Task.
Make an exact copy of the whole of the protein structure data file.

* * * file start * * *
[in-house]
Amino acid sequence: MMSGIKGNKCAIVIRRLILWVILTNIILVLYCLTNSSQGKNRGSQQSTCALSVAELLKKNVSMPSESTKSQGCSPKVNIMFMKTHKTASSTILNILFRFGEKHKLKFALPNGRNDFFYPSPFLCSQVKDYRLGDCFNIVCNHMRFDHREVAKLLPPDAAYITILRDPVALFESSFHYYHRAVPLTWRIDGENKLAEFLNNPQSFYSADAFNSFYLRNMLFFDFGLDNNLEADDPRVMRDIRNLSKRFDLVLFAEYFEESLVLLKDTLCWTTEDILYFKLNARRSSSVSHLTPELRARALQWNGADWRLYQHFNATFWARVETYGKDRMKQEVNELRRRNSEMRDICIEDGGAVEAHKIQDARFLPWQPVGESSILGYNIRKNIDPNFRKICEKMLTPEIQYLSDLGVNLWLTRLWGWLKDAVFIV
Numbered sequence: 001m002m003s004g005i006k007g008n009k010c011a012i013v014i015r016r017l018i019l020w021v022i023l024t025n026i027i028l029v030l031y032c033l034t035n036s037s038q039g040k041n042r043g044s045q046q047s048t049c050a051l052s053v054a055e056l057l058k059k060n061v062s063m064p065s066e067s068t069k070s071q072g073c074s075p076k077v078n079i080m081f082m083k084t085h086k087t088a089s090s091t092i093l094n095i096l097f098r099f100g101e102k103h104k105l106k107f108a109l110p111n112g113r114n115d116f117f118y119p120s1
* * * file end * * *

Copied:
[in-house]
Amino acid sequence: MMSGIKGNKCAIVIRRLILWVILTNIILVLYCLTNSSQGKNRGSQQSTCALSVAELLKKNVSMPSESTKSQGCSPKVNIMFMKTHKTASSTILNILFRFGEKHKLKFALPNGRNDFFYPSPFLCSQVKDYRLGDCFNIVCNHMRFDHREVAKLLPPDAAYITILRDPVALFESSFHYYHRAVPLTWRIDGENKLAEFLNNPQSFYSADAFNSFYLRNMLFFDFGLDNNLEADDPRVMRDIRNLSKRFDLVLFAEYFEESLVLLKDTLCWTTEDILYFKLNARRSSSVSHLTPELRARALQWNGADWRLYQHFNATFWARVETYGKDRMKQEVNELRRRNSEMRDICIEDGGAVEAHKIQDARFLPWQPVGESSILGYNIRKNIDPNFRKICEKMLTPEIQYLSDLGVNLWLTRLWGWLKDAVFIV
Numbered sequence: 001m002m003s004g005i006k007g008n009k010c011a012i013v014i015r016r017l018i019l020w021v022i023l024t025n026i027i028l029v030l031y032c033l034t035n036s037s038q039g040k041n042r043g044s045q046q047s048t049c050a051l052s053v054a055e056l057l058k059k060n061v062s063m064p065s066e067s068t069k070s071q072g073c074s075p076k077v078n079i080m081f082m083k084t085h086k087t088a089s090s091t092i093l094n095i096l097f098r099f100g101e102k103h104k105l106k107f108a109l110p111n112g113r114n115d116f117f118y119p120s1